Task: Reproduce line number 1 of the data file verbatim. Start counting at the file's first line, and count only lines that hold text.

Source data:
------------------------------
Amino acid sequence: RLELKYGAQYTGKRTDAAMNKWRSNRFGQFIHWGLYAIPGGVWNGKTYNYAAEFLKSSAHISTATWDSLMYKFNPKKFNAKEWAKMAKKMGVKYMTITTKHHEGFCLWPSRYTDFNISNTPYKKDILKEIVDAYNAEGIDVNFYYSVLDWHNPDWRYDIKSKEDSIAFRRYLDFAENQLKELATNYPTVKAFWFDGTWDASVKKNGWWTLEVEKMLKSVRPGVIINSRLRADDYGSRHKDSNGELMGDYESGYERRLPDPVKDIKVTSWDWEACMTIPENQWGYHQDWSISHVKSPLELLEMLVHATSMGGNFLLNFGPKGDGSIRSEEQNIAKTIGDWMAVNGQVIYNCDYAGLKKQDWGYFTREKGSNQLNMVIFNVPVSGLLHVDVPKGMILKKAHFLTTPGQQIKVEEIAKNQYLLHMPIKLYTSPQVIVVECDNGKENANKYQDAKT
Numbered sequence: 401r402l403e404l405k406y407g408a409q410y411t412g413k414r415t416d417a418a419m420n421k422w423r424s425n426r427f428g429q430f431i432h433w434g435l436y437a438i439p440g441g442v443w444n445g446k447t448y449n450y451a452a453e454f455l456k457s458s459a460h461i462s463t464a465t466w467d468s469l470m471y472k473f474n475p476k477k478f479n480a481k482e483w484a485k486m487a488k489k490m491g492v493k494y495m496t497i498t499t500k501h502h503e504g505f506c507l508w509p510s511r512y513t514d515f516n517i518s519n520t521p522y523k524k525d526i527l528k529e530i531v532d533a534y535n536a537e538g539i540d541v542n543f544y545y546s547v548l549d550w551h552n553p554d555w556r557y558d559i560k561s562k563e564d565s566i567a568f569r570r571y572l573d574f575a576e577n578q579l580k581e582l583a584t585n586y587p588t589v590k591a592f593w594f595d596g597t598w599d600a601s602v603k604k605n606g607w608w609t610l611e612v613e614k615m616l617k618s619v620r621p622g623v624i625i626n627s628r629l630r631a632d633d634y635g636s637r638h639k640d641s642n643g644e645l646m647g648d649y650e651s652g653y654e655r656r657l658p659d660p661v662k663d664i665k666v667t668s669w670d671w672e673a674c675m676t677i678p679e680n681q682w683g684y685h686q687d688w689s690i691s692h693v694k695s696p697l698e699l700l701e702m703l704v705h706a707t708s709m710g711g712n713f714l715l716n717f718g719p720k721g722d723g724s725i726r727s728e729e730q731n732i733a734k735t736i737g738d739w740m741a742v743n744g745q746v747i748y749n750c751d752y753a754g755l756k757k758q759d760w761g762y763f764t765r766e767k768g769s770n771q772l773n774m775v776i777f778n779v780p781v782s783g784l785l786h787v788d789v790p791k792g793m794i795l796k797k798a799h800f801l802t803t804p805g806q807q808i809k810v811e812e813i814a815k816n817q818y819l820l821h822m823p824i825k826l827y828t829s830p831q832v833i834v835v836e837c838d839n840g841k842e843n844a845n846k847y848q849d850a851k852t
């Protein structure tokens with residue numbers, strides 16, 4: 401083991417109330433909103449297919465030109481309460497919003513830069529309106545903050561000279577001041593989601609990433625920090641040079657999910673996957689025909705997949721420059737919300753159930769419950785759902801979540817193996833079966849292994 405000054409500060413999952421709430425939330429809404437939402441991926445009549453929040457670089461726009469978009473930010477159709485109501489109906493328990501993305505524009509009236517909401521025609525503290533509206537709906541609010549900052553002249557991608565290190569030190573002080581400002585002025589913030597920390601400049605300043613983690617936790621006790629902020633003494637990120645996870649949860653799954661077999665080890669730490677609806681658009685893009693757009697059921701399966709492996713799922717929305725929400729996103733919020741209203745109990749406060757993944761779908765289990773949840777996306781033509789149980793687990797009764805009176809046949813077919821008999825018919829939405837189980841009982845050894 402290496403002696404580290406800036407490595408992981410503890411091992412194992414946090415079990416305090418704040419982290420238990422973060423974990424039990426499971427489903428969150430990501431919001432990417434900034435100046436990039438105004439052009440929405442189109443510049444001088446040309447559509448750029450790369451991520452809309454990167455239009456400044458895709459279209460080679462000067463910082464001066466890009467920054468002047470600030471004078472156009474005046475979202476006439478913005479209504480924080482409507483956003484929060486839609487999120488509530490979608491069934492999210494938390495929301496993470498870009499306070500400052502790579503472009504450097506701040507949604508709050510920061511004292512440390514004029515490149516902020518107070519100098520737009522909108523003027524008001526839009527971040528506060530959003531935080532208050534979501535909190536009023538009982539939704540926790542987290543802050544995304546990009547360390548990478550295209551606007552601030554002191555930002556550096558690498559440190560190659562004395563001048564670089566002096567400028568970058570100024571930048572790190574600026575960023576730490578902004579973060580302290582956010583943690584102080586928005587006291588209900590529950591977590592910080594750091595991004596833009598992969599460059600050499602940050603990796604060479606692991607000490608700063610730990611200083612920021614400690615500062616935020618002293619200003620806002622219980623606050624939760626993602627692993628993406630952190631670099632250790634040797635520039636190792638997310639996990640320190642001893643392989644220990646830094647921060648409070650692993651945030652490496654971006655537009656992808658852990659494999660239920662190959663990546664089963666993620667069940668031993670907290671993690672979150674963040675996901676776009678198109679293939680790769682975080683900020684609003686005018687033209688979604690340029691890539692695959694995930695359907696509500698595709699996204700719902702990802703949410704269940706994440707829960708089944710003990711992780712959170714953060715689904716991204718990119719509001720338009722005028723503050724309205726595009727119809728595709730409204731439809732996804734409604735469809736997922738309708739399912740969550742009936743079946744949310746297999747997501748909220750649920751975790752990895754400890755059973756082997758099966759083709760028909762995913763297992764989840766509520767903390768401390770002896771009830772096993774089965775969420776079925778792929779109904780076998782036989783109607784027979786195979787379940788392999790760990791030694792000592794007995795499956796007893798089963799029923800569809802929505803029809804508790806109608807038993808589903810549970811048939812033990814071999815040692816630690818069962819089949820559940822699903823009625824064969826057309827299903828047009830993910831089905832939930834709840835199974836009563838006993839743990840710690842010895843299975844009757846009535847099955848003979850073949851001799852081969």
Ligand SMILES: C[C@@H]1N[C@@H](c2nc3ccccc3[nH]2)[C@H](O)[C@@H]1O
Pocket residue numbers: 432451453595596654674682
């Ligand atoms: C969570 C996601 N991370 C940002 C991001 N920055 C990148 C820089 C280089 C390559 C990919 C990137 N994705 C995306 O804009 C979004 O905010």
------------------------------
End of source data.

Amino acid sequence: RLELKYGAQYTGKRTDAAMNKWRSNRFGQFIHWGLYAIPGGVWNGKTYNYAAEFLKSSAHISTATWDSLMYKFNPKKFNAKEWAKMAKKMGVKYMTITTKHHEGFCLWPSRYTDFNISNTPYKKDILKEIVDAYNAEGIDVNFYYSVLDWHNPDWRYDIKSKEDSIAFRRYLDFAENQLKELATNYPTVKAFWFDGTWDASVKKNGWWTLEVEKMLKSVRPGVIINSRLRADDYGSRHKDSNGELMGDYESGYERRLPDPVKDIKVTSWDWEACMTIPENQWGYHQDWSISHVKSPLELLEMLVHATSMGGNFLLNFGPKGDGSIRSEEQNIAKTIGDWMAVNGQVIYNCDYAGLKKQDWGYFTREKGSNQLNMVIFNVPVSGLLHVDVPKGMILKKAHFLTTPGQQIKVEEIAKNQYLLHMPIKLYTSPQVIVVECDNGKENANKYQDAKT